Acting are necessary for baritones choosing this one. There’s genuine pain in Chris’ delivery.

21. “Once in Love with Amy” from Where's Charley?

Song Year: 1948

Where’s Charley? doesn’t get its due very often. It’s based on a 19th-century play (Charley’s Aunt, by Brandon Thomas), and both the play and the musical are riotously funny farces.

So a song from Where’s Charley?— in this case, “Once in Love with Amy”— requires comedic acting ability and great comic timing. You’ll be telling a story through song, so know more than just the lyrics.

22. “Luck Be a Lady” from Guys and Dolls

“Luck Be a Lady” from Guys and Dolls

Song Year: 1950

Guys and Dolls is one of those shows people love very much or really despise. Either way, it’s got something to evoke such strong feelings.

It’s a piece of musical theater history whether you like the show or think it belongs only on high school stages. “Luck Be A Lady” has found a place in the repertoire of crooners outside musical theater, so you’ll be singing a popular song. Bring your swagger to this one.

23. “Where Is the Life That Late I Led?” from Kiss Me, Kate

Song Year: 1948

Count on Cole Porter for clever lyrics, wordplay, and smart, smart songs (and lots of lyrics to remember). Fred sings “Where Is the Life That Late I Led?” as a fun and lively song that shows off his larger-than-life personality and love of adventure.

It’s a great choice for a baritone who can handle its fast-paced lyrics and high energy.

24. “Mack the Knife” from The Threepenny Opera

Song Year: 1928

Frank Sinatra and others made “Mack the Knife” a hit, introducing to droves of people who have never heard of The Threepenny Opera. So it’s a familiar piece, which makes it perhaps easier to learn, but also may complicate your ability to perform it memorably at an audition.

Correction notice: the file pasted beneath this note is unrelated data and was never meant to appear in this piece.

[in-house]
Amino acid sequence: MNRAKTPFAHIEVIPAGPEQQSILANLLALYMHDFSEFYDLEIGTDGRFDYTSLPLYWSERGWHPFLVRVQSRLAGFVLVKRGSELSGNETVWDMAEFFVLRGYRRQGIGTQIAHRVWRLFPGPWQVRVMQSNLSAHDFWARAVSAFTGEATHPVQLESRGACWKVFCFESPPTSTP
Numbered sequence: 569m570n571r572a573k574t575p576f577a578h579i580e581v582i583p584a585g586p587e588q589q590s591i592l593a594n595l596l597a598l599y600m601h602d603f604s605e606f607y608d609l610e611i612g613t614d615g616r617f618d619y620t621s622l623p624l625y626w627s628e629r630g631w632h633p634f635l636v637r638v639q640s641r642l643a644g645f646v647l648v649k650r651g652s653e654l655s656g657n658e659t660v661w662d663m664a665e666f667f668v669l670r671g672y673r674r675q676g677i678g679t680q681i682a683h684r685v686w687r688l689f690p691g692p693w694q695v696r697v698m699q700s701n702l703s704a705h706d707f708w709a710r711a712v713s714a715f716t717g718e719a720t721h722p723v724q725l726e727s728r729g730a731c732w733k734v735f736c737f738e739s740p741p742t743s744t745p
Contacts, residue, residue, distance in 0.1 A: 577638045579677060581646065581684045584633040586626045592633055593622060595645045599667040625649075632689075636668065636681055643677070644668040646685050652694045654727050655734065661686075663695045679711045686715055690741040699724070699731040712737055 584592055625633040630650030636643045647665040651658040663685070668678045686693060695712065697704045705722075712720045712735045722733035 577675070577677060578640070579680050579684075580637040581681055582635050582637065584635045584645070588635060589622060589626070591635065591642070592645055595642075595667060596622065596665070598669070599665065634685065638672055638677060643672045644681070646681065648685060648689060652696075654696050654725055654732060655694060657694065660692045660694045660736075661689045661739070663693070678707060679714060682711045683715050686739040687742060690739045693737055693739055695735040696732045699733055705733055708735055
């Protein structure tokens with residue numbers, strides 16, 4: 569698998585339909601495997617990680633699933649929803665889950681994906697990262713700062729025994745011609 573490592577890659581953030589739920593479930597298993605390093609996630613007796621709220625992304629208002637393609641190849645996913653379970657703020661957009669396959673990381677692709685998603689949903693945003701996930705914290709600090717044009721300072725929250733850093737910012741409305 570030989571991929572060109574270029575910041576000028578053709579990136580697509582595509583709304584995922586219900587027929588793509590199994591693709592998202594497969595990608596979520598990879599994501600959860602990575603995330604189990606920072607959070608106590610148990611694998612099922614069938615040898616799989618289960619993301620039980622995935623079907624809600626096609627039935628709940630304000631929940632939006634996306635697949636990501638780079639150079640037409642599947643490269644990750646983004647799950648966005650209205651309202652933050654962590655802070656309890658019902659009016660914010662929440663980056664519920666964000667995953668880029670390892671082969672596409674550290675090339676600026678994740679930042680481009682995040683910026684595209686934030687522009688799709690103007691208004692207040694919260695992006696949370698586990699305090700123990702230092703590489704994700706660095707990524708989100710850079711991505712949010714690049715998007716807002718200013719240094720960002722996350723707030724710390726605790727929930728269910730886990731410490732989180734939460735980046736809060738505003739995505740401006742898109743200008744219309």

But, if you can nail the song’s very dark undertones and balance Macheath's charm with his darker, more menacing side, you might walk away with the role you’re auditioning for.

25. “Sit Down, You’re Rockin’ the Boat” from Guys and Dolls

Song Year: 1950

Guys and Dolls spawns another audition choice because the show is a ubiquitous classic. So is “Sit Down, You’re Rockin’ the Boat.” Nicely-Nicely sings this showstopper, and a talented actor must bring personality to this song.

26. “The Lady Is a Tramp” from Babes in Arms

Song Year: 1937

It may seem like many songs on this list have become hits outside of the theater world, but the percentage of those songs remains small. Still, “The Lady Is a Tramp” is another song that most people in the audition room already know.

That can be good or bad, depending on lots of factors. It’s a playful song that can let an actor show confidence in his audition.

27. “Beethoven Day” from You’re a Good Man, Charlie Brown

Song Year: 1999

While You’re a Good Man, Charlie Brown debuted in 1967, it wasn’t until the show’s 1999 Broadway revival that “Beethoven Day,” sung by Schoeder, was added to the show. “Beethoven Day” is a raucous and joyfully fun song that’s just a tiny bit silly. The piano accompaniment is upbeat but not too difficult, so it shouldn’t pose any problems for the audition accompanist.

28. “Johanna” from Sweeney Todd: The Demon Barber of Fleet Street

Song Year: 1979

Emotional vulnerability will carry the day for a baritone auditioning with this song. It’s haunting and beautiful and shows Anthony’s desire to protect Johanna from all harm. It’s a song for higher baritones, though, so singers who hew closer to being basses probably want to avoid this one so as not to have to tangle with uncomfortably high notes.

29. “My Time of Day” from Guys and Dolls

Song Year: 1950

The third offering from Guys and Dolls is a little more obscure than other songs from the show, which might be a plus. It’s sung by Sky Masterson and puts the character’s charm and confidence on full display, so be prepared to pull that off in an audition.

30. “Lonely Room” from Oklahoma!

Song Year: 1943

Judd Fry is the villain in Oklahoma!, so it stands to reason that one of his big numbers is a dark and brooding piece exploring his feelings of isolation and anger.

Most other baritones are going to be singing songs sung by the hero, and few of them will have something showcasing their ability to embody the sinister nature of the bad guy. We’re talking dramatic range here.

31. “Pretty Women” from Sweeney Todd: The Demon Barber of Fleet Street

Song Year: 1979

Our third choice from Sondheim’s dark (and rather twisted) classic show is sung by the title character. While it’s a duet sung with Mrs. Lovett, it can still work well for an audition (after all, the chances that you’ll sing one entire song for your audition are small).